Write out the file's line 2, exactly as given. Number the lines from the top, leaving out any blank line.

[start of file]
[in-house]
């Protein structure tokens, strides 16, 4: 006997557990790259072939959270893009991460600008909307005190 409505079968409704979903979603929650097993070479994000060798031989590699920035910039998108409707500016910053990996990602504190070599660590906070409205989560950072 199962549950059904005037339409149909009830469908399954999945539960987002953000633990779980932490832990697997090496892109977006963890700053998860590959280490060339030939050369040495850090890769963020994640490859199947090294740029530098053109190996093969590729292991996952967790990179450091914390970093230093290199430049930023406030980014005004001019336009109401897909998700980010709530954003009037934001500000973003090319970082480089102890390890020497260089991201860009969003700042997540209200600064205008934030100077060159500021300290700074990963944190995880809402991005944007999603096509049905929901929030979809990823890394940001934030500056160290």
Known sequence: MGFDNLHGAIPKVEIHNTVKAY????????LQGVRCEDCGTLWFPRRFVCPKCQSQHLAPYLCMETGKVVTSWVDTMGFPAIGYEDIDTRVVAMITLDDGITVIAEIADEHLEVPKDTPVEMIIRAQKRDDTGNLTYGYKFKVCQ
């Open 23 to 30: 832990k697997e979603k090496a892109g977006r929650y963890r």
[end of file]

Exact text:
């Protein structure tokens, strides 16, 4: 006997557990790259072939959270893009991460600008909307005190 409505079968409704979903979603929650097993070479994000060798031989590699920035910039998108409707500016910053990996990602504190070599660590906070409205989560950072 199962549950059904005037339409149909009830469908399954999945539960987002953000633990779980932490832990697997090496892109977006963890700053998860590959280490060339030939050369040495850090890769963020994640490859199947090294740029530098053109190996093969590729292991996952967790990179450091914390970093230093290199430049930023406030980014005004001019336009109401897909998700980010709530954003009037934001500000973003090319970082480089102890390890020497260089991201860009969003700042997540209200600064205008934030100077060159500021300290700074990963944190995880809402991005944007999603096509049905929901929030979809990823890394940001934030500056160290």